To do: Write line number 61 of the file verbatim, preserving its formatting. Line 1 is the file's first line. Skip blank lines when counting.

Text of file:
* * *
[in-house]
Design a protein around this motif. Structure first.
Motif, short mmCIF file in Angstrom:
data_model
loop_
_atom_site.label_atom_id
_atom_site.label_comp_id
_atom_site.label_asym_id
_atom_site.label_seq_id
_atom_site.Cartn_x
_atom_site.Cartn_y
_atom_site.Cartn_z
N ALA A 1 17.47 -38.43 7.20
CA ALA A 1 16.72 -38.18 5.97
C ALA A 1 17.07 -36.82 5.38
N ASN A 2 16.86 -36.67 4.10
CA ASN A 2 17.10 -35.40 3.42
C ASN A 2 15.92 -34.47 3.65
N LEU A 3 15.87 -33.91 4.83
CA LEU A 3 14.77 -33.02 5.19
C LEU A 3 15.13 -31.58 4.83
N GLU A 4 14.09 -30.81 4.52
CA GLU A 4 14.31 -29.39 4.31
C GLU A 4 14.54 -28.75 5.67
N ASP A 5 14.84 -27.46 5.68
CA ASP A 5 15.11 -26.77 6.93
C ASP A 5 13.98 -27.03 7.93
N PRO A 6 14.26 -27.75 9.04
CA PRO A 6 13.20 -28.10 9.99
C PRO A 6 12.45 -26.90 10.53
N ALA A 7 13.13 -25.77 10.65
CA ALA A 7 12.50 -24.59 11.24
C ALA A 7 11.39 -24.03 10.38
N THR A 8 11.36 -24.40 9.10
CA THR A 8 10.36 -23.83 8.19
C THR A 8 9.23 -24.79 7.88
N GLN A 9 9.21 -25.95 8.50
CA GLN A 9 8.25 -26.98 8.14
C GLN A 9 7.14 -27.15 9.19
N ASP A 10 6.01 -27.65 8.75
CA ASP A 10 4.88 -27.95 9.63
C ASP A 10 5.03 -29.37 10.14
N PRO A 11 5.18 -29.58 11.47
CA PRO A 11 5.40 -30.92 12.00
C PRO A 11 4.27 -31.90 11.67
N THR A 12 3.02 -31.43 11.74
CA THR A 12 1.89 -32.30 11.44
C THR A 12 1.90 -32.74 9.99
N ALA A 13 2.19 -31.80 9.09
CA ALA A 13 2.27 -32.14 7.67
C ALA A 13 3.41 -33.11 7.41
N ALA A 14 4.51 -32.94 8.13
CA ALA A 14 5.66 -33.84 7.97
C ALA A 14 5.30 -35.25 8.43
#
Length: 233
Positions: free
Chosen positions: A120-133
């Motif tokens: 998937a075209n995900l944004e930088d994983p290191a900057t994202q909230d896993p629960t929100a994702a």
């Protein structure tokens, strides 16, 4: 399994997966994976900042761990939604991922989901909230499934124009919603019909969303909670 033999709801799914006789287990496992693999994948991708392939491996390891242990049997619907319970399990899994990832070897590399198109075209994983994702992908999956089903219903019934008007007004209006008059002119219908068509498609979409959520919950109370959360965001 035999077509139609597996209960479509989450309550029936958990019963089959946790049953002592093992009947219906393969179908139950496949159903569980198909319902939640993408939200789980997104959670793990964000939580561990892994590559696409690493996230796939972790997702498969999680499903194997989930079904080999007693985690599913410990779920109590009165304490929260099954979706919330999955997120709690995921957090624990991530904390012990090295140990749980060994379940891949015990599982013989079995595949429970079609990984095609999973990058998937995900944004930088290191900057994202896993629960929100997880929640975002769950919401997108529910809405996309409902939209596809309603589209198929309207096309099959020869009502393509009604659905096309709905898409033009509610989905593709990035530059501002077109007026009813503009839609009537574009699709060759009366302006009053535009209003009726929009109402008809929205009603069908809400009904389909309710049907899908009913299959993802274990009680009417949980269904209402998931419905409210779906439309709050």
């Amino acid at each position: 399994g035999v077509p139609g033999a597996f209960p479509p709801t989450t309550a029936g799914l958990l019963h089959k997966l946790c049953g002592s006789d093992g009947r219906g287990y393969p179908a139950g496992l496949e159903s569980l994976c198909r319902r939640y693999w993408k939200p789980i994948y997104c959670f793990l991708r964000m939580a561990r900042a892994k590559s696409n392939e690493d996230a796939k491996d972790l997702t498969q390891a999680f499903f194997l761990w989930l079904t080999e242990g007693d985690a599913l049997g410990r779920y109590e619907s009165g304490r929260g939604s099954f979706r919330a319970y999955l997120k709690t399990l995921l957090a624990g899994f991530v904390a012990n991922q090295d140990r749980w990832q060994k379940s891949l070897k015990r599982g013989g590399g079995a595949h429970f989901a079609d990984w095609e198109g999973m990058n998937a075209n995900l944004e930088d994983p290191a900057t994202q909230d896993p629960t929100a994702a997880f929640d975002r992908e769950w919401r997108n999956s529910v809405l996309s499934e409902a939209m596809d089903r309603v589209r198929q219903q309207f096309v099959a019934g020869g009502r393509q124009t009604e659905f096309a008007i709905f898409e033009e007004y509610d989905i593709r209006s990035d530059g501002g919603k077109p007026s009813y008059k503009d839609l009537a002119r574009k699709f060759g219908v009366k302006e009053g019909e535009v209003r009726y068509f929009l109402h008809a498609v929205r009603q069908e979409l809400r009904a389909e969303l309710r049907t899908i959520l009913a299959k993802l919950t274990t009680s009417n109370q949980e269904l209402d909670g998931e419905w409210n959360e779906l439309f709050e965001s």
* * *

């Amino acid at each position: 399994g035999v077509p139609g033999a597996f209960p479509p709801t989450t309550a029936g799914l958990l019963h089959k997966l946790c049953g002592s006789d093992g009947r219906g287990y393969p179908a139950g496992l496949e159903s569980l994976c198909r319902r939640y693999w993408k939200p789980i994948y997104c959670f793990l991708r964000m939580a561990r900042a892994k590559s696409n392939e690493d996230a796939k491996d972790l997702t498969q390891a999680f499903f194997l761990w989930l079904t080999e242990g007693d985690a599913l049997g410990r779920y109590e619907s009165g304490r929260g939604s099954f979706r919330a319970y999955l997120k709690t399990l995921l957090a624990g899994f991530v904390a012990n991922q090295d140990r749980w990832q060994k379940s891949l070897k015990r599982g013989g590399g079995a595949h429970f989901a079609d990984w095609e198109g999973m990058n998937a075209n995900l944004e930088d994983p290191a900057t994202q909230d896993p629960t929100a994702a997880f929640d975002r992908e769950w919401r997108n999956s529910v809405l996309s499934e409902a939209m596809d089903r309603v589209r198929q219903q309207f096309v099959a019934g020869g009502r393509q124009t009604e659905f096309a008007i709905f898409e033009e007004y509610d989905i593709r209006s990035d530059g501002g919603k077109p007026s009813y008059k503009d839609l009537a002119r574009k699709f060759g219908v009366k302006e009053g019909e535009v209003r009726y068509f929009l109402h008809a498609v929205r009603q069908e979409l809400r009904a389909e969303l309710r049907t899908i959520l009913a299959k993802l919950t274990t009680s009417n109370q949980e269904l209402d909670g998931e419905w409210n959360e779906l439309f709050e965001s």